There’s no one right or wrong way to write a donation letter or request contributions. You’ve got to do what is right for your church and congregation. But if you stick to these general tips, you’ll probably start to see some traction when it comes to giving.

What’s next?

Most people don’t love talking about money in church. But it’s a necessary and vital part of your church. And maximizing your efforts when it comes to donation letters will help make those conversations more comfortable. So what do you do next to put this into effect?

  • Customize these letters: Take the samples above and make them work for your church. Personalize the content. Remove the stuff that doesn’t sound genuine and add in stuff that does. Remember that these are just a starting point.
  • Create some systems: Develop processes that make it easy for you to replicate sending donation letters. Use a letter template that allows you to drop in names and details. Then develop guidelines for when these letters will be sent out.
  • Empower a champion: Find out who is going to be responsible for making these letters happen. Rather than thinking of this as adding more work to their plate, think about how you can elevate their work. This could be a staff member, or a volunteer.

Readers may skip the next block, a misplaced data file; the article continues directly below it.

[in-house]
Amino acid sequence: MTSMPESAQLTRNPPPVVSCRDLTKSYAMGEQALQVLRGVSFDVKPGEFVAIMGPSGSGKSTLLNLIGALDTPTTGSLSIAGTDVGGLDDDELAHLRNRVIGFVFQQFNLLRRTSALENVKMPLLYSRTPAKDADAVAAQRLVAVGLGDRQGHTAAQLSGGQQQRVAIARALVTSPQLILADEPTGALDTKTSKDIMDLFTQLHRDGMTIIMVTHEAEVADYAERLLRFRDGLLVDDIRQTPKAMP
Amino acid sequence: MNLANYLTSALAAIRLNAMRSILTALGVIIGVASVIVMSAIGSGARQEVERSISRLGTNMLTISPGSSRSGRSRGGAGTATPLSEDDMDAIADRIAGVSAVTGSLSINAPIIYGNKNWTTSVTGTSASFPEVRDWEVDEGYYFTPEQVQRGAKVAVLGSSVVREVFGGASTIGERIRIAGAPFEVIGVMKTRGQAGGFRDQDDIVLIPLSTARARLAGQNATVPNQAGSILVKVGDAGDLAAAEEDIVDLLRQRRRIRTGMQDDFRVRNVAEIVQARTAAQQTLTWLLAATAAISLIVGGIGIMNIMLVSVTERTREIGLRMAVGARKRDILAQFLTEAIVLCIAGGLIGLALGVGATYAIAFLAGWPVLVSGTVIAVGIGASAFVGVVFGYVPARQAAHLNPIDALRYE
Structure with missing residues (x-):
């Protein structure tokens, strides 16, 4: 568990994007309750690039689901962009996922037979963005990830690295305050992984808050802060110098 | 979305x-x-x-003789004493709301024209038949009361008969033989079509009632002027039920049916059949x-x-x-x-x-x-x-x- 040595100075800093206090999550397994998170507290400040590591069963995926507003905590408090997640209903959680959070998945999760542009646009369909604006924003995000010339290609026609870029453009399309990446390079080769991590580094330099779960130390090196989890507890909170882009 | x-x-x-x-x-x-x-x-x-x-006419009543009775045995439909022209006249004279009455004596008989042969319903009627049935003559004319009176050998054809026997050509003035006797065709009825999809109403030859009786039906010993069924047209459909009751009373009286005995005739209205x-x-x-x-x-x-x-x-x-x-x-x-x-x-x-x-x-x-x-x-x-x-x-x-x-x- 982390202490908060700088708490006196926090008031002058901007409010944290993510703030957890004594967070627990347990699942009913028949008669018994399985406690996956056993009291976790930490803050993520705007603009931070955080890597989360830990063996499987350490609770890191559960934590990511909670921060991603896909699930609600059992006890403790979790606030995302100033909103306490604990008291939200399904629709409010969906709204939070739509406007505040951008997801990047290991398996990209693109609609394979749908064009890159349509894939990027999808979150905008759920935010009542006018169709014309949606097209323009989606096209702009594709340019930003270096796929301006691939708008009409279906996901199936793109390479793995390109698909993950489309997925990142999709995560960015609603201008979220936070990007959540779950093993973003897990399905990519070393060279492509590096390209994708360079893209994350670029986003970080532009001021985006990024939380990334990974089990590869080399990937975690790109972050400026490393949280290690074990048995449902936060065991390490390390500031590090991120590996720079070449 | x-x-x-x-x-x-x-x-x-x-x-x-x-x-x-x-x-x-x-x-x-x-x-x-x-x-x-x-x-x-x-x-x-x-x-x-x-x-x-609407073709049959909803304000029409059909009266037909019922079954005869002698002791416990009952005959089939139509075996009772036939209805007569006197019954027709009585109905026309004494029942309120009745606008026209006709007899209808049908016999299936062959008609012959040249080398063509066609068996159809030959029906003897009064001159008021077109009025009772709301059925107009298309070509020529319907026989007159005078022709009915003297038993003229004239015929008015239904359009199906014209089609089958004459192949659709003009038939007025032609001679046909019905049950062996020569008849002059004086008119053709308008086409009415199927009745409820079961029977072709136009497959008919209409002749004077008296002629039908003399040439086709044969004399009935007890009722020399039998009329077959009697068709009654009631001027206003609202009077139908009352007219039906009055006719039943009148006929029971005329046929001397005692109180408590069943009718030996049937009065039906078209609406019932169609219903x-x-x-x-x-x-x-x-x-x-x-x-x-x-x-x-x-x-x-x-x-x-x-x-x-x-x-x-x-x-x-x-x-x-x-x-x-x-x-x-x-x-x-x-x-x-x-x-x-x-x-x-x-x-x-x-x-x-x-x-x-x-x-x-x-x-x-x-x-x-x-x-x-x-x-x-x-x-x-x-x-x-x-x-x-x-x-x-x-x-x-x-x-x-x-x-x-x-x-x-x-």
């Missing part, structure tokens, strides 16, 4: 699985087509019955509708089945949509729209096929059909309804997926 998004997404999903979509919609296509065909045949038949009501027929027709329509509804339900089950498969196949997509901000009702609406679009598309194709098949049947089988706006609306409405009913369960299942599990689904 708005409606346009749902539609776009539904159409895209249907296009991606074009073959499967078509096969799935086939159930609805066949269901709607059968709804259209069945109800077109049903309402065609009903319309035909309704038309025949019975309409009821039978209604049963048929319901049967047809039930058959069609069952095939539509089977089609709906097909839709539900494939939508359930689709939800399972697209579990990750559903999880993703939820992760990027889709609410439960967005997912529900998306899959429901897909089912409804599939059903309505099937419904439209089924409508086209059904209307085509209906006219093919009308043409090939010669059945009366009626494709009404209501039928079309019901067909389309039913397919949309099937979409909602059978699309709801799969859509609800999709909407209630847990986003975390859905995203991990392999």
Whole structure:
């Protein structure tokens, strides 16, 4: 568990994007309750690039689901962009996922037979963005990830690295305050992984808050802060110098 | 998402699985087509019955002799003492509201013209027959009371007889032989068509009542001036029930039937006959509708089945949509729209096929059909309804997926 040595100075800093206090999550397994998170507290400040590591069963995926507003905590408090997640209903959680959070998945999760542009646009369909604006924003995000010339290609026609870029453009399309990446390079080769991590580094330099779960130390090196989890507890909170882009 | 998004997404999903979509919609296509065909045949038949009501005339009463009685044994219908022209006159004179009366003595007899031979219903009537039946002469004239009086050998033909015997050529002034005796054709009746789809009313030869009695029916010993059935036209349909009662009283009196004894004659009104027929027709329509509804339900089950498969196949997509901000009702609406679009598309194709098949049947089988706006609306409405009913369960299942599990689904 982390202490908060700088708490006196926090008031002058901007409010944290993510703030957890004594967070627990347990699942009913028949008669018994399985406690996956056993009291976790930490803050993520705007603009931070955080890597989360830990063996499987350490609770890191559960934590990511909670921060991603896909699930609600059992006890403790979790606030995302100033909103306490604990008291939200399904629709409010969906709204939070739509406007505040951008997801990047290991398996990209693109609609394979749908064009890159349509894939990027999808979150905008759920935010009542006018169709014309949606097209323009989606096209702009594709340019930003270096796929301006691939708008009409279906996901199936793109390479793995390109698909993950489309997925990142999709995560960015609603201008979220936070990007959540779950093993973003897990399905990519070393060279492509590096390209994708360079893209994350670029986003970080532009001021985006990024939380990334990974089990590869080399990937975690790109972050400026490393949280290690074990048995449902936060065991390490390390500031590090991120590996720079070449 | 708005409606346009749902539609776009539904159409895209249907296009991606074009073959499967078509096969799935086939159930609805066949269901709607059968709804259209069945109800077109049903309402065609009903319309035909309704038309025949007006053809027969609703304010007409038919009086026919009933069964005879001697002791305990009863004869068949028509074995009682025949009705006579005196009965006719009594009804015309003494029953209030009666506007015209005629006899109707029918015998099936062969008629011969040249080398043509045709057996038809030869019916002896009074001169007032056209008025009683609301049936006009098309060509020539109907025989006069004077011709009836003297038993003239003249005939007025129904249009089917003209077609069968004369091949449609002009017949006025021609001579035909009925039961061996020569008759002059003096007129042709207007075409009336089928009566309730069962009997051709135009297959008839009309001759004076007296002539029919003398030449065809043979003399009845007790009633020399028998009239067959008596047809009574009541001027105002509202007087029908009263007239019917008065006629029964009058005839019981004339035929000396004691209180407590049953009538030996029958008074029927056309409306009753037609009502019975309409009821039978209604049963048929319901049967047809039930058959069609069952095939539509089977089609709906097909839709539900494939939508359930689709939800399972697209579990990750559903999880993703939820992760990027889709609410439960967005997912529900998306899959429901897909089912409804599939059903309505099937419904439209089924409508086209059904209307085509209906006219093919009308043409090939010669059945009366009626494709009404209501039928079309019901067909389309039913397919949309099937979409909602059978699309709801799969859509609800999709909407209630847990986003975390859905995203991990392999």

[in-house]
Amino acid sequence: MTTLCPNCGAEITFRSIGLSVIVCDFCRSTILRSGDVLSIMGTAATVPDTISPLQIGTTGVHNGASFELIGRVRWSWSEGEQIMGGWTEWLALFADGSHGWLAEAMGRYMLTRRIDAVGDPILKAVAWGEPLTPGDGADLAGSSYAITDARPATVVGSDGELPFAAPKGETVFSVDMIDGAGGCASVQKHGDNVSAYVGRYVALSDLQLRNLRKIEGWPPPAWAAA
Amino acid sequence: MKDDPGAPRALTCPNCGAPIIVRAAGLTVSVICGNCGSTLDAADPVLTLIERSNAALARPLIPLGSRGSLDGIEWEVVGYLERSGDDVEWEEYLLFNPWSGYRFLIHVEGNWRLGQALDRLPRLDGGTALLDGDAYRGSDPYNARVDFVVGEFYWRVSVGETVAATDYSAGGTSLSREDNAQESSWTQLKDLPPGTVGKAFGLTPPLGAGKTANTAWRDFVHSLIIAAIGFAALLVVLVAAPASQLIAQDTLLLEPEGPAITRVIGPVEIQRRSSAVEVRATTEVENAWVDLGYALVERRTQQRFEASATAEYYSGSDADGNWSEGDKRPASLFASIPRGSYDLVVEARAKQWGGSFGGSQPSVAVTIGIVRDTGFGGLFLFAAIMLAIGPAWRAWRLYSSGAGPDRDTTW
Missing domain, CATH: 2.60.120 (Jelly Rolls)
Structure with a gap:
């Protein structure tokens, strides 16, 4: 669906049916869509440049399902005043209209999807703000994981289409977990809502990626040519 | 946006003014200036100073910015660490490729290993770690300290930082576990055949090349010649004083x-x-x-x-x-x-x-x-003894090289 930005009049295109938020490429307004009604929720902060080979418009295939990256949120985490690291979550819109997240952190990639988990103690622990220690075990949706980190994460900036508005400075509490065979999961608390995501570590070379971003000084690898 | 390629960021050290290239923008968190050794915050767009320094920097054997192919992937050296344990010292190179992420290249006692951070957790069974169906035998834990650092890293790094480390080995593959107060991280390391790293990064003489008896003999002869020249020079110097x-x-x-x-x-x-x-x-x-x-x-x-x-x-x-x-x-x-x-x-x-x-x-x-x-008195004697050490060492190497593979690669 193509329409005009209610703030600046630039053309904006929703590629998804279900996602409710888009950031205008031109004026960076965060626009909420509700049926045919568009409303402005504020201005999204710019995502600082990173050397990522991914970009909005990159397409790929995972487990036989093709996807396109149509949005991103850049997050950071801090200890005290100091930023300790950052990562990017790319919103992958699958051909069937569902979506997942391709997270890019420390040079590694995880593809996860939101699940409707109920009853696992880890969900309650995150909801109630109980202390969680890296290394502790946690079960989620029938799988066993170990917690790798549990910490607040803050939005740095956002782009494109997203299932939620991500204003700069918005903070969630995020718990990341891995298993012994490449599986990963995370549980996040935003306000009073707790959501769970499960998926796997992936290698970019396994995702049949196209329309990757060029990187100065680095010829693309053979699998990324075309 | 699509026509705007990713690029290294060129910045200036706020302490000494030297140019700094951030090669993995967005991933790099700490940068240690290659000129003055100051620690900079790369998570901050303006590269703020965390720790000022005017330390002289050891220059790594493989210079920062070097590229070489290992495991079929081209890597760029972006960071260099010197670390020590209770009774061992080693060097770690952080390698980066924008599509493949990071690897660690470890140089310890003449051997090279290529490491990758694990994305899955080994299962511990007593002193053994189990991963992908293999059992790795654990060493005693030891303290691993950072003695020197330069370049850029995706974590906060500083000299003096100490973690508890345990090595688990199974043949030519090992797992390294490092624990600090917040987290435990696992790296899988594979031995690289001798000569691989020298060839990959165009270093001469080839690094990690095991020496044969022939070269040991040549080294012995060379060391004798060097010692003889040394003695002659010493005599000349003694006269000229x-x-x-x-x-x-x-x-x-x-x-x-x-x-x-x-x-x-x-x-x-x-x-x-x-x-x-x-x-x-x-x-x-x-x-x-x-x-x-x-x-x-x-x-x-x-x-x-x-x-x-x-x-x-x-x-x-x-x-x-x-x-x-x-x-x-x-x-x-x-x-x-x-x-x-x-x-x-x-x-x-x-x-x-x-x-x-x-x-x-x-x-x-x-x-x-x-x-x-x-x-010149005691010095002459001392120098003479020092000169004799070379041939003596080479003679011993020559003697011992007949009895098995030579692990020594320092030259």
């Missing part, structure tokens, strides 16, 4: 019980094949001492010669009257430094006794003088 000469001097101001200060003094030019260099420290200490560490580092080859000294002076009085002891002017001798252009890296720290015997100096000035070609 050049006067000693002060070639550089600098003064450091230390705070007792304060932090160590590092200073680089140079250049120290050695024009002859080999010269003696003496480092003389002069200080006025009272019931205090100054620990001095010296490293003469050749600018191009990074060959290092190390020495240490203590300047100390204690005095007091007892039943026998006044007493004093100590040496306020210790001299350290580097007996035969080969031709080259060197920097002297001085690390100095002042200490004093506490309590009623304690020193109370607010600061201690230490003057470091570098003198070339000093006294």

• Start sending: All of this will be for nothing if you don’t actually send out the letters. Take the time to get it right and get them into the hands of your church donors.

And if you’re looking for ways to grow your church’s giving capacity, Tithely can help.

We provide several different ways your church members can support your church financially—from online giving, text to give solutions, and giving kiosks.

Tithely’s systems make it as easy as possible for people to give to your church. Now all you need to start doing is generating a culture of gratitude. There’s nothing standing in your way. Go unleash generosity in your church.

How does your church use donation letters to spread generosity? Share your thoughts in the comments below!

Editor's Note: This is a guest post from Robert Carnes. Robert is a writer and storyteller. He's the author of The Original Storyteller: Become a Better Storyteller in 30 Days. A former church communicator and nonprofit marketer, Robert works as a managing editor for Orange in Atlanta.


Leadership In Its Best Form Is Generosity